Disciplining the diasporic audience: discourses on audiences of Turkish and Indian films in Antwerp (Belgium)

TitleDisciplining the diasporic audience: discourses on audiences of Turkish and Indian films in Antwerp (Belgium)
Publication TypeConference Paper
Author(s)Smets, K., I. Vandevelde, P. Meers, R. Vande Winkel, and S. Van Bauwel
Affiliation (1st Author)University of Antwerp, Belgium
Section or WGAudience Section
DateSat 29 June
Slot CodeAUDS3a
Slot Code (Keyword)AUDS3a
Time of Session14:00-15:30
Session TitleTranslating Audiences
Submission ID5215

For Panel 5209 titled: Translating "Audiences," Provincializing the West.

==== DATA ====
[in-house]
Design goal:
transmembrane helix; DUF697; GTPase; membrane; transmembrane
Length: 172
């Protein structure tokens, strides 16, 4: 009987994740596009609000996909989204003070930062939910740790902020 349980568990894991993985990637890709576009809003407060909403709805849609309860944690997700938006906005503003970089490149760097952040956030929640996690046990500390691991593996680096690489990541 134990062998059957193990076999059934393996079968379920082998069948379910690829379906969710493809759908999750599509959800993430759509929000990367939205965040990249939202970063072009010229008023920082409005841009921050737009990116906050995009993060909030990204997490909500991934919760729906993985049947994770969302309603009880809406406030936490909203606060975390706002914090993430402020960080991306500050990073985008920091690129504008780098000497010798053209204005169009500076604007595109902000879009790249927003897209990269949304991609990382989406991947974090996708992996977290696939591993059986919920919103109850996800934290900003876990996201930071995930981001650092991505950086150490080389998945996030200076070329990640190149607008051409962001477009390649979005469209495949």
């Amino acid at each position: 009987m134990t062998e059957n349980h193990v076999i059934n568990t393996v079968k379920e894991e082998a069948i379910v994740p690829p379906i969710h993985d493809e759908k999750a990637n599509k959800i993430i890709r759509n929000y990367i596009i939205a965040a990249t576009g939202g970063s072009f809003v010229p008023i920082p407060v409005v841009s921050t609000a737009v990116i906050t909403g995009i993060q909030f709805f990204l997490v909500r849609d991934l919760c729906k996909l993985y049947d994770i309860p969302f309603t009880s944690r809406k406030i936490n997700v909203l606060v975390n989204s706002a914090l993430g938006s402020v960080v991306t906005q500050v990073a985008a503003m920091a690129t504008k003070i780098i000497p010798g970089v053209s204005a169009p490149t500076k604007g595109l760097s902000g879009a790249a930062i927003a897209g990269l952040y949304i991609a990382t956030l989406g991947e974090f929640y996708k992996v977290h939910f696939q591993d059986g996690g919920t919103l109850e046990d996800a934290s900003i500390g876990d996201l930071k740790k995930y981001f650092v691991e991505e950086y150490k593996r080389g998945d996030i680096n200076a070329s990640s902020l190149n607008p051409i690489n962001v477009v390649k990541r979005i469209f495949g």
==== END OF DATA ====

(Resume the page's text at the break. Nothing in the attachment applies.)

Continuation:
Our presentation will discuss the findings of an elaborate, four-year project on diasporic film cultures in the city of Antwerp (Belgium). Since 2004 and 2007 respectively, Turkish and Indian films have been screened at a regular basis in the local multiplex theatre. These films are almost exclusively attended by a diasporic audience, hence creating a situation where ‘Western’ and ‘non-Western’ film-viewing conventions meet in a public setting. In this presentation we will specifically address the question how these diasporic film-going practices alter our understanding of audiences as social and discursive constructs. We will reveal the density of discursive meanings, ambiguities and polemics that are part and parcel of diasporic film culture by looking at the discursive constructions of ‘the diasporic audience’ by industry actors (such as exhibitors and distributors) as well as audience members. The findings are based on analyses of 31 interviews with industry experts and 29 interviews with a varied sample of people of the Turkish and Indian communities in Antwerp. Moreover, extensive fieldwork was conducted during film screenings in order to grasp the social dynamics of these screenings. Next to some more general findings of the project, we will specifically focus on three conclusions with regards to audience and reception research. First, we uncover diverging discourses on social viewing conventions. ‘Western’ viewing conventions are being contested by members of the audience and film-going is recognized as a community-building practice. Second, hybrid viewing conventions are recognized, inviting us to reconsider essentialist conceptualizations of audiences. Third, we distinguished a great tension between the industry’s effort to ‘discipline’ the diasporic audience and the resistant viewing conventions as expressed by audience members. In our conclusion we will reflect on how these findings are useful for the theoretical and methodological set-up of future audience projects, both in diasporic and other contexts.

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